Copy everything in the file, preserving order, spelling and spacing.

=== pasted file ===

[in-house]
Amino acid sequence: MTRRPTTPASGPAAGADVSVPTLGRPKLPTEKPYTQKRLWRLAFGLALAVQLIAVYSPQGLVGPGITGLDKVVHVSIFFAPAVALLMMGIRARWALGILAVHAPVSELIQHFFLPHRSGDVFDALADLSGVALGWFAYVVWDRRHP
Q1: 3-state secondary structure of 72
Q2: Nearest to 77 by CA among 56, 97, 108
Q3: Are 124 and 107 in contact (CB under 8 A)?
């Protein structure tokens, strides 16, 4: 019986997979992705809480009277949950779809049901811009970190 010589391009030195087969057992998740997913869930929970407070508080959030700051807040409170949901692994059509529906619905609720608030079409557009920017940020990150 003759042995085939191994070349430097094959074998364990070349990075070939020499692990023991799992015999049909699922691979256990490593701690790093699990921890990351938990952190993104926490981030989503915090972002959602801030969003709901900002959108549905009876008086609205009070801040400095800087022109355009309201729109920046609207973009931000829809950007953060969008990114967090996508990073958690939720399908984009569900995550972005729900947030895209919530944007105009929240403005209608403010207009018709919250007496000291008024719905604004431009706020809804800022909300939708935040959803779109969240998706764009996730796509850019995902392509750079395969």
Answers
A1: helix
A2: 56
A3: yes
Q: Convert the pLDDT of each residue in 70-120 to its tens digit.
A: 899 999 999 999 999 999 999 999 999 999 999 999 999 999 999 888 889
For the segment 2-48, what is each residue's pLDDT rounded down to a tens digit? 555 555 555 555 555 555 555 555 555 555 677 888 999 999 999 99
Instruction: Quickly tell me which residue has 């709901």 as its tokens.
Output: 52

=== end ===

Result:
[in-house]
Amino acid sequence: MTRRPTTPASGPAAGADVSVPTLGRPKLPTEKPYTQKRLWRLAFGLALAVQLIAVYSPQGLVGPGITGLDKVVHVSIFFAPAVALLMMGIRARWALGILAVHAPVSELIQHFFLPHRSGDVFDALADLSGVALGWFAYVVWDRRHP
Q1: 3-state secondary structure of 72
Q2: Nearest to 77 by CA among 56, 97, 108
Q3: Are 124 and 107 in contact (CB under 8 A)?
């Protein structure tokens, strides 16, 4: 019986997979992705809480009277949950779809049901811009970190 010589391009030195087969057992998740997913869930929970407070508080959030700051807040409170949901692994059509529906619905609720608030079409557009920017940020990150 003759042995085939191994070349430097094959074998364990070349990075070939020499692990023991799992015999049909699922691979256990490593701690790093699990921890990351938990952190993104926490981030989503915090972002959602801030969003709901900002959108549905009876008086609205009070801040400095800087022109355009309201729109920046609207973009931000829809950007953060969008990114967090996508990073958690939720399908984009569900995550972005729900947030895209919530944007105009929240403005209608403010207009018709919250007496000291008024719905604004431009706020809804800022909300939708935040959803779109969240998706764009996730796509850019995902392509750079395969």
Answers
A1: helix
A2: 56
A3: yes
Q: Convert the pLDDT of each residue in 70-120 to its tens digit.
A: 899 999 999 999 999 999 999 999 999 999 999 999 999 999 999 888 889
For the segment 2-48, what is each residue's pLDDT rounded down to a tens digit? 555 555 555 555 555 555 555 555 555 555 677 888 999 999 999 99
Instruction: Quickly tell me which residue has 């709901």 as its tokens.
Output: 52